The Lucky List
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A Lot or a Little?
The parents' guide to what's in this book.
What Parents Need to Know
Parent's need to know that best-selling author Rachael Lippincott's The Lucky List is a coming-of-age novel about facing fears and grief, discovering sexuality, and self-awareness. While packing up for a move, rising senior Emily finds her mother's summer before senior year bucket list. Em's new friend Blake helps her work through the list in their summer before senior year, as a way for Em to feel close to her mother, who died three years before from brain cancer. Characters feel physical attraction, hold hands, and share a handful of kisses. Em describes getting drunk at prom, and underage seniors drink beers at a bonfire. Language use includes "hell," "dick," "ass," "a--hole," "s--t," "bulls--t," and two instances of "f--k" or "f---ing." Aside from the language concerns, this book is fine for younger teens, though the focus on high school seniors is likely to be more appealing to older teens.
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What's the Story?
As THE LUCKY LIST opens, rising senior Emily Clark is having a terrible summer. She's a social pariah after an incident at prom. Her best friend, Kiera, who has stuck by Em, is away for a month as a camp counselor. And her dad is selling their house, where Em grew up with her mom, who died three years before. Then, new girl in town Blake and Em meet and click immediately. While packing, Em finds her mom's bucket list from when she was Em's age. Blake suggests Em do the things on the list as a way to keep her mom's memory alive, and a lovely summer unfolds between them, and Em faces her grief over her mom's death as they complete items from the list. Emily tries to push away her growing attraction to Blake, feeling like the right thing to do is to try to patch things over with her ex, Matt. A senior class trip to the lake gives Em the opportunity to make a bold move, but what is it she really wants?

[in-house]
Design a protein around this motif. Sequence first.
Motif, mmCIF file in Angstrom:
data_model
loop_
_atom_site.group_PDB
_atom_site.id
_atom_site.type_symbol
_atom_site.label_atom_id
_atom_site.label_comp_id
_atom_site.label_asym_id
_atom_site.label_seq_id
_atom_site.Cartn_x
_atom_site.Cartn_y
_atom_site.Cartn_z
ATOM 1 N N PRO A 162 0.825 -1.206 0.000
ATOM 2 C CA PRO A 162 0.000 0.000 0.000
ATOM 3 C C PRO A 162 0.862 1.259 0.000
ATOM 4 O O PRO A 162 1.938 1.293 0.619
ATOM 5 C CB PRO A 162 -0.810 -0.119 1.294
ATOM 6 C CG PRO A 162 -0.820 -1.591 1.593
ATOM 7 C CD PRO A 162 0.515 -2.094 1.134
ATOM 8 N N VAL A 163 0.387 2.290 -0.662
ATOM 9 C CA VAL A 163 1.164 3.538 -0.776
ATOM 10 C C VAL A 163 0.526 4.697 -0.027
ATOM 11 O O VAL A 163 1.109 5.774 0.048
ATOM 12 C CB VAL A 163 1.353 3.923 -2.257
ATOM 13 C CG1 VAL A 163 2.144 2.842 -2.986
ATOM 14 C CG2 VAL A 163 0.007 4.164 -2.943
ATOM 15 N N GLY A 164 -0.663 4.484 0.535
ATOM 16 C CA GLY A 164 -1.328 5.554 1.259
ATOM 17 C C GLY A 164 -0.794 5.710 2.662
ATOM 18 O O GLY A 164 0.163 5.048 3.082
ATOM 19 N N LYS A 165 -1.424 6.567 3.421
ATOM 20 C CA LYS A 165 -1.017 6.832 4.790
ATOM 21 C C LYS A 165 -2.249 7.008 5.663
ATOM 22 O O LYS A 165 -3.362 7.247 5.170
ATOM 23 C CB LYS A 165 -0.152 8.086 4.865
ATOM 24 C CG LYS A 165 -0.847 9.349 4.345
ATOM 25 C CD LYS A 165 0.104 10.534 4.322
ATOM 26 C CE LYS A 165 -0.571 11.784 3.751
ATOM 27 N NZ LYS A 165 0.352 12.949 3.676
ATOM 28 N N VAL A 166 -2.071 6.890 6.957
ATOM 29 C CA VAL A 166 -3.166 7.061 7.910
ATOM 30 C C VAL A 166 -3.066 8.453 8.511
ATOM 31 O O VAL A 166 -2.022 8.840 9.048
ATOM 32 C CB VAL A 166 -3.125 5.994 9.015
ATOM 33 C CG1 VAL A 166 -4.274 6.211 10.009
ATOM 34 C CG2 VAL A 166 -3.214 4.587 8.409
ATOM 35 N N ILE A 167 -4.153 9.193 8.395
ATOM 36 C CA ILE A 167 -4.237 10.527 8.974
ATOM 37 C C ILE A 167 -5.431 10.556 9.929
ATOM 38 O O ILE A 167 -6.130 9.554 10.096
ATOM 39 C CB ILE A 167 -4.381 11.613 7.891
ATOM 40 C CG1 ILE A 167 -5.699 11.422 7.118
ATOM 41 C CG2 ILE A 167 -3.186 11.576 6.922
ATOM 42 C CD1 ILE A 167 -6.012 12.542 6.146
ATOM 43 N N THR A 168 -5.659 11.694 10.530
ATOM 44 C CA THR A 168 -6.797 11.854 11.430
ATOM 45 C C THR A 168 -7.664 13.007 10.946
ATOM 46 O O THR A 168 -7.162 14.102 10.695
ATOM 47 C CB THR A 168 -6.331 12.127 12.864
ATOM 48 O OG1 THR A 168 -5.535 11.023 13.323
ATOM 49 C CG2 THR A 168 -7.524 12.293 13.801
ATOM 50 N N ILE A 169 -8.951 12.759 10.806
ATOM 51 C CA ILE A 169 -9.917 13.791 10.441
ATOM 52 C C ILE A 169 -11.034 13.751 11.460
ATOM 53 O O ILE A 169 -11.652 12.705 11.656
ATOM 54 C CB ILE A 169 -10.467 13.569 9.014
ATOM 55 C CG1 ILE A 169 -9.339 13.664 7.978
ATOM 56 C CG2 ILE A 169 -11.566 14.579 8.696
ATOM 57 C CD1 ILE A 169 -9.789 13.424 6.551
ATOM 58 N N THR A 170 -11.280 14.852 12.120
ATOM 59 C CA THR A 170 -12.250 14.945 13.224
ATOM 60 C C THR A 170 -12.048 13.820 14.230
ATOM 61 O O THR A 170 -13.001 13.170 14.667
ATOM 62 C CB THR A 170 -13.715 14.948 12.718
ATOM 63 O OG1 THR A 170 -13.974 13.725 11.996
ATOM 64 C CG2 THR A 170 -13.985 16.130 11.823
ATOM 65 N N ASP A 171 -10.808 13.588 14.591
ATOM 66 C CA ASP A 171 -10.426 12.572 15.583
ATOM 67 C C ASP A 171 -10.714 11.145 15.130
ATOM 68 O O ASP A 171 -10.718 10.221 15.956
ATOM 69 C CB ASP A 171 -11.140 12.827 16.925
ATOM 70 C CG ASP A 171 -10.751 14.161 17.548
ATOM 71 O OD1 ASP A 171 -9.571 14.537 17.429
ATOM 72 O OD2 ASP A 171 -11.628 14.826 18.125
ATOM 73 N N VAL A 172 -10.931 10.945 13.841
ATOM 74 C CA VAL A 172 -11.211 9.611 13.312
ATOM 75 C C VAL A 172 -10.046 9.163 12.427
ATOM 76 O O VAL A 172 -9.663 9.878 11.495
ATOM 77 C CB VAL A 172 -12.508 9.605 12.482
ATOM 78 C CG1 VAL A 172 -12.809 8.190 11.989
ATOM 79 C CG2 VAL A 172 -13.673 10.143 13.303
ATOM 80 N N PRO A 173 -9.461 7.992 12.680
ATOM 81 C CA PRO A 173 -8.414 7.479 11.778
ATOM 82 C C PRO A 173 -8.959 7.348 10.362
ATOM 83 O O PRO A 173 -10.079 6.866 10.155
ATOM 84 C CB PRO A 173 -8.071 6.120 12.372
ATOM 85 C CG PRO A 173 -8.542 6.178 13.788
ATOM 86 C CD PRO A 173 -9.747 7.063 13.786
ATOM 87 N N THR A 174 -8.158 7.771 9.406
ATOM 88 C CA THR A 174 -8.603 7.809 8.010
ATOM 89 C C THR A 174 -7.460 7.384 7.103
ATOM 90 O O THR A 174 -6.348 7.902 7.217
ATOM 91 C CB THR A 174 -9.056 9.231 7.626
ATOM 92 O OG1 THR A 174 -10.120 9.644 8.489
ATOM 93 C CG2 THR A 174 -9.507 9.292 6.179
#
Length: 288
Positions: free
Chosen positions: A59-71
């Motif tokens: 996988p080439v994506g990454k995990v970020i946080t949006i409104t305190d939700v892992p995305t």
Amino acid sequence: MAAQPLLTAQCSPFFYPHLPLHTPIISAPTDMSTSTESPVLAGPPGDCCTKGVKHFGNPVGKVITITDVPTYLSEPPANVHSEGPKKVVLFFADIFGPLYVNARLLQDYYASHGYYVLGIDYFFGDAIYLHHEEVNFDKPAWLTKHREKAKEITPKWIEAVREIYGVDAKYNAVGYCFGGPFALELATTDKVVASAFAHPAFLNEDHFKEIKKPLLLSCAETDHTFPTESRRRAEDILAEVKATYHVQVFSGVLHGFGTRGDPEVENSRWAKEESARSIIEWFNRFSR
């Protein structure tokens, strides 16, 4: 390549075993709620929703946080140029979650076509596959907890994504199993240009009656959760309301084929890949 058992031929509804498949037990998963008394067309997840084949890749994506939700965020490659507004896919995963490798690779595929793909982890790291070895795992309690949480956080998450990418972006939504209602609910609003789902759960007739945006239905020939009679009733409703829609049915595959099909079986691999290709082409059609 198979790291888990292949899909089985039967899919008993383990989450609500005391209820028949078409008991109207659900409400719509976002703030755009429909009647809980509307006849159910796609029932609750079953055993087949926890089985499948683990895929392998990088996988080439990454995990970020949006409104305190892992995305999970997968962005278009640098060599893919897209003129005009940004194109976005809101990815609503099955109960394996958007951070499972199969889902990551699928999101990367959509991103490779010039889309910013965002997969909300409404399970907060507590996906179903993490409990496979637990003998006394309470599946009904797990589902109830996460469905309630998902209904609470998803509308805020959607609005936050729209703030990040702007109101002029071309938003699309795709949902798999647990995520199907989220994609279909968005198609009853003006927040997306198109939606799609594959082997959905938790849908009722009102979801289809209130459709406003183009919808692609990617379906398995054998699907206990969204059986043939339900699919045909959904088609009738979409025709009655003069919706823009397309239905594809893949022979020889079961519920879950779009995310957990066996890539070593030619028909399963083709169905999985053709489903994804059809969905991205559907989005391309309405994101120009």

Is It Any Good?
This charming novel about self-discovery, facing grief, and falling in love satisfies on many levels. Primary characters are well-developed and interesting. The natural world is described in beautiful language. Em's attraction to Blake grows organically, believably. The tense relationship between Em and her dad leads to tear-jerking moments of hard-won connection. Shimmering moments of joy so long lost to Em will have readers cheering for her success long before the bucket list is completed.
Unfortunately, the only Black family in the book set in a small, mostly White town, is under-explored. We don't learn much about why they live in Huckabee, what's it like for them, or how Kiera and Em's moms became best friends. These characters don't feel like full, essential characters. This might not ruin the experience of the lovely story for readers, but how and why (White) authors write characters of color is a good topic to talk about with teen readers. Verdict: The Lucky List is a fun but flawed summer read for teens who enjoy coming-of-age stories with a queer twist.
Talk to Your Kids About ...
Families can talk about the loss of loved ones and grief in The Lucky List. How are Emily's and Blake's grief over their mother's deaths different and similar? How do they support each other? What kinds of loss have you had to deal with in your life? Who can you go to when you're grieving a loss?
How are Emily's and Kiera's families connected? How does the author talk about the experiences of Kiera's Black family in mostly White, small-town Huckabee? Why do you think the author wrote Kiera and her family into this story?
What surprised you most about this story or the characters in it? What scenes hit you particularly hard or are most memorable? Why?
- Author: Rachael Lippincott
- Genre: Coming of Age
- Topics: Adventures, Friendship, Great Girl Role Models, High School
- Book type: Fiction
- Publisher: Simon & Schuster Books for Young Readers
- Publication date: June 1, 2021
- Publisher's recommended age(s): 12 - 18
- Number of pages: 304
- Available on: Nook, Audiobook (unabridged), Hardback, iBooks, Kindle
- Last updated: September 27, 2021
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